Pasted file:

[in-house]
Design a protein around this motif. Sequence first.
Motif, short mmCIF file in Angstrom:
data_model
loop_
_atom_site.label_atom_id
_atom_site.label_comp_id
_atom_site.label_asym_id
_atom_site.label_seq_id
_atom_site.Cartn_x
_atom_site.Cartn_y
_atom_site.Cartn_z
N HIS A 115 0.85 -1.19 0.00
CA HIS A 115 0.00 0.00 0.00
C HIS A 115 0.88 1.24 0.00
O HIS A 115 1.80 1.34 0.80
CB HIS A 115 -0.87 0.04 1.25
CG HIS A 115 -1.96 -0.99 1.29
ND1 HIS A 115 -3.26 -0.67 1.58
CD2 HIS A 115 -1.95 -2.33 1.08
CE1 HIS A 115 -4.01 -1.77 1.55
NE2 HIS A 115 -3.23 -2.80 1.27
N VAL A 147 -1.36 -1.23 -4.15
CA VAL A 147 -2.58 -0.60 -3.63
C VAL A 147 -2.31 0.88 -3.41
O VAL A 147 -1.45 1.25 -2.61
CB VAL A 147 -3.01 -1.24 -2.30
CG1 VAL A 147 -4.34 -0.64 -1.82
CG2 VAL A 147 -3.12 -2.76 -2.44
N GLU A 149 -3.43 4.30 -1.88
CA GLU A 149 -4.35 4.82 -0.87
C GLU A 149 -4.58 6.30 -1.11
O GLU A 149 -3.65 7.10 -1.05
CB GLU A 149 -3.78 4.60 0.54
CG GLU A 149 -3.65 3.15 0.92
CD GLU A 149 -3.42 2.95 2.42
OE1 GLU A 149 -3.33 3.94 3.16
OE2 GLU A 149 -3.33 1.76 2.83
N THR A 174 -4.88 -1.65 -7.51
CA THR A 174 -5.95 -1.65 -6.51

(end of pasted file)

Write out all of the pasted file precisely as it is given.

[in-house]
Design a protein around this motif. Sequence first.
Motif, short mmCIF file in Angstrom:
data_model
loop_
_atom_site.label_atom_id
_atom_site.label_comp_id
_atom_site.label_asym_id
_atom_site.label_seq_id
_atom_site.Cartn_x
_atom_site.Cartn_y
_atom_site.Cartn_z
N HIS A 115 0.85 -1.19 0.00
CA HIS A 115 0.00 0.00 0.00
C HIS A 115 0.88 1.24 0.00
O HIS A 115 1.80 1.34 0.80
CB HIS A 115 -0.87 0.04 1.25
CG HIS A 115 -1.96 -0.99 1.29
ND1 HIS A 115 -3.26 -0.67 1.58
CD2 HIS A 115 -1.95 -2.33 1.08
CE1 HIS A 115 -4.01 -1.77 1.55
NE2 HIS A 115 -3.23 -2.80 1.27
N VAL A 147 -1.36 -1.23 -4.15
CA VAL A 147 -2.58 -0.60 -3.63
C VAL A 147 -2.31 0.88 -3.41
O VAL A 147 -1.45 1.25 -2.61
CB VAL A 147 -3.01 -1.24 -2.30
CG1 VAL A 147 -4.34 -0.64 -1.82
CG2 VAL A 147 -3.12 -2.76 -2.44
N GLU A 149 -3.43 4.30 -1.88
CA GLU A 149 -4.35 4.82 -0.87
C GLU A 149 -4.58 6.30 -1.11
O GLU A 149 -3.65 7.10 -1.05
CB GLU A 149 -3.78 4.60 0.54
CG GLU A 149 -3.65 3.15 0.92
CD GLU A 149 -3.42 2.95 2.42
OE1 GLU A 149 -3.33 3.94 3.16
OE2 GLU A 149 -3.33 1.76 2.83
N THR A 174 -4.88 -1.65 -7.51
CA THR A 174 -5.95 -1.65 -6.51